Yank! review

Yank! review

Yank! Review - Broadway musical

The musical is an original story based on the memoirs of soldiers who were prone to non-traditional relationships, as well as heterosexuals, who participated in World War II. The show's name is taken from the name of the magazine, which was distributed in the US Army in the 1940s. The performance involved only one representative of the female gender – actress portrayed on the stage all the female characters. In the show can be heard songs in styles of swing, big band and boogie-woogie.

The musical was presented to the public for the first time in the summer of 2005, at Philadelphia Gay & Lesbian Theatre Festival. Despite a modest budget, the director I. Goldin was able to show the difficulties faced by people with a different sexual orientation in many areas of society relations. That fall, the play was presented during the NY Musical Theatre Festival, where the theatrical received the Audience Award. Full-scale production wasn’t also left out of attention of the public. In 2007, it was awarded with NY Innovative Theatre Award. The following version (of 2008) received 2 from the LA Stage Scene Awards. Show of 2010 was 7 times nominated for Drama Desk and 2 times – on the Outer Critics Circle and 2 times for Lucille Lortel.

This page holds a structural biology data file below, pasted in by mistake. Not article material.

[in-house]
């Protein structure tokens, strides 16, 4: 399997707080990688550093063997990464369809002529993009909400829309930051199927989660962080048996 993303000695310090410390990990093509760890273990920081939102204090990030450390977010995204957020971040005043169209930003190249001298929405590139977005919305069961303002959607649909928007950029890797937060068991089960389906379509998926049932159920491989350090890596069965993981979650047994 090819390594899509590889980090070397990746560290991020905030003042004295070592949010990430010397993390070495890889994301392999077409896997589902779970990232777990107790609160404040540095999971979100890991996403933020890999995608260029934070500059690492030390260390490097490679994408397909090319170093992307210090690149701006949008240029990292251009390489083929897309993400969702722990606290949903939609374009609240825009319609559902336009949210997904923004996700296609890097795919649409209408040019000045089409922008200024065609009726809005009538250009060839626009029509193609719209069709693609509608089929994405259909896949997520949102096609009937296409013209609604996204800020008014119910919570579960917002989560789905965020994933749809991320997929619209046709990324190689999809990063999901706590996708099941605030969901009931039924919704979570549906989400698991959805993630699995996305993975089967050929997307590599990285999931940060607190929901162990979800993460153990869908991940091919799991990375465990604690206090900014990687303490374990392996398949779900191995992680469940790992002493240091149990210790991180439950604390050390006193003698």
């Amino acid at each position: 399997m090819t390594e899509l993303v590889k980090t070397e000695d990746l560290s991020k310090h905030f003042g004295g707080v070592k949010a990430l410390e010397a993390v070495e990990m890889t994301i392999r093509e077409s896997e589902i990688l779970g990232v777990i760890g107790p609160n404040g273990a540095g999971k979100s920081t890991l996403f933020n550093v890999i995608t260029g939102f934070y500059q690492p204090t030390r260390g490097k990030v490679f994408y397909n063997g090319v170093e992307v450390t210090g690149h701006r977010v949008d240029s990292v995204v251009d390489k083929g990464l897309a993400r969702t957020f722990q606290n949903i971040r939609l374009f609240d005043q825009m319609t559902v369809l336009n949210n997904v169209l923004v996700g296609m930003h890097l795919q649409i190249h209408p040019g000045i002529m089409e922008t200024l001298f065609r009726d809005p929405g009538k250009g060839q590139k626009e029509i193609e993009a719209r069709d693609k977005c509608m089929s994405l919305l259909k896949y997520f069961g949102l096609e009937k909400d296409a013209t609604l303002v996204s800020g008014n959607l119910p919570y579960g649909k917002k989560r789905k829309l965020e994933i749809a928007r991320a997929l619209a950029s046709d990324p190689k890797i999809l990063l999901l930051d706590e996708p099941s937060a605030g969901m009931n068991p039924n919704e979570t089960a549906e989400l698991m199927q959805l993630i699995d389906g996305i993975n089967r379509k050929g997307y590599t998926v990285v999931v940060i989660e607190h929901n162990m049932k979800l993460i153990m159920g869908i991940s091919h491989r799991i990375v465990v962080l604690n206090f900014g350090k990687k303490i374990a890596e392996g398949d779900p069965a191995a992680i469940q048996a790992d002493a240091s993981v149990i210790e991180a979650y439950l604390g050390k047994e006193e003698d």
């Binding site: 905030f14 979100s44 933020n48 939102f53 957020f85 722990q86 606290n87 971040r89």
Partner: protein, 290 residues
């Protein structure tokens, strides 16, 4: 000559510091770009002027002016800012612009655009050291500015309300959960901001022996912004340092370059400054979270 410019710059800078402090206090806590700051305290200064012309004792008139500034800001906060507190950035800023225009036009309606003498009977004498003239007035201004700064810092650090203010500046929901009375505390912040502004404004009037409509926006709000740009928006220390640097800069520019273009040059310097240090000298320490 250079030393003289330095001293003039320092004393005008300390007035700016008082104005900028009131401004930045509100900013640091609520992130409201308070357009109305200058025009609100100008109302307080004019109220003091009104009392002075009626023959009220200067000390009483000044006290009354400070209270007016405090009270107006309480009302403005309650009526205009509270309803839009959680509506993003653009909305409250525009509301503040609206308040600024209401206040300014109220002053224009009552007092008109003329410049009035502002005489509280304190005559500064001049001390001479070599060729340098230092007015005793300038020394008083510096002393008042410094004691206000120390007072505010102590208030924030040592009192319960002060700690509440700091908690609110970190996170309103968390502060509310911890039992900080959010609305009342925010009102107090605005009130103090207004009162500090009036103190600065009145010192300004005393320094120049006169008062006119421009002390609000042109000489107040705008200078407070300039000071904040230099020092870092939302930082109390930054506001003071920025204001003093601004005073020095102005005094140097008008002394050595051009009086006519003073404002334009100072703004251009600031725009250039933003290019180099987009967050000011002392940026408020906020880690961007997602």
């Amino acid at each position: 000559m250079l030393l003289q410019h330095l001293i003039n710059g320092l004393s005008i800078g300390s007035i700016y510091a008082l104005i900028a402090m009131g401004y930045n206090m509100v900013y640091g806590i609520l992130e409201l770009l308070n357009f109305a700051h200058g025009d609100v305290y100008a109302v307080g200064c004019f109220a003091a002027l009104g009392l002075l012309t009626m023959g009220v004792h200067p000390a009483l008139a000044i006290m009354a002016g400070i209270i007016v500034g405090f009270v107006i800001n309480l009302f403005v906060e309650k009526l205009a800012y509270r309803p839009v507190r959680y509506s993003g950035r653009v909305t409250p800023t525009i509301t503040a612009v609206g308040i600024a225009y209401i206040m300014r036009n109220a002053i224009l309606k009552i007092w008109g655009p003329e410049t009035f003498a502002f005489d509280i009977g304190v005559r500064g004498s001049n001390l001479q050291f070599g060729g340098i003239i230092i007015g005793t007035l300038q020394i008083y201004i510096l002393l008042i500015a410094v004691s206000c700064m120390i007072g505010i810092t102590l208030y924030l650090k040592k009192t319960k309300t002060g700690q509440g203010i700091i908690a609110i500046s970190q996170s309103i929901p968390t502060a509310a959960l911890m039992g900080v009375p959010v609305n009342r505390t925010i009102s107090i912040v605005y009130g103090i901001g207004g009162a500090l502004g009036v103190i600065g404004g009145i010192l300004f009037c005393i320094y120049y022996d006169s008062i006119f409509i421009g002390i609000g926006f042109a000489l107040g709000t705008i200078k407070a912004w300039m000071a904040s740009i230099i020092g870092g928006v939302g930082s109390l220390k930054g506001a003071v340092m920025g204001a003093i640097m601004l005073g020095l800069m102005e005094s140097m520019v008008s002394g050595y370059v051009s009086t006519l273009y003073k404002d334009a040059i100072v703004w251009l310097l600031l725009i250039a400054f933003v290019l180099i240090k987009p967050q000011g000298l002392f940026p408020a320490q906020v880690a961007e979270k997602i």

During the preparation of performance for Broadway, in production was replaced the permanent director of every past production. Instead of I. Goldin, the show joined D. Cromer. Despite the fact that there were several rehearsals, the musical did not hit on Broadway. Critics have favorably received theatrical novelty. They noted that the authors were able to create a spectacle in the spirit of the classic productions of past years. The harsh reality of war was replaced by romantic moods of young soldiers. Gay people were not allowed in those times in conventional US Army. Gays were subjected to the same restrictions as people with different skin color. Despite this, the troops had secret societies of homosexuals with their culture and traditions. Musical’s production in 2010 coincided with the political debates and the abolition of the law “Do not Ask, Do not Tell”, which forbade Americans to serve in the army, if they openly admitted their own homosexuality. In 2011, the president of the USA has allowed homosexuals to enlist, not hiding their inclinations. Many critics have noted that the spectacular appeared on the scene very timely – it reflected the changed attitude of society towards people of this type.
Last Update:August, 03rd 2016

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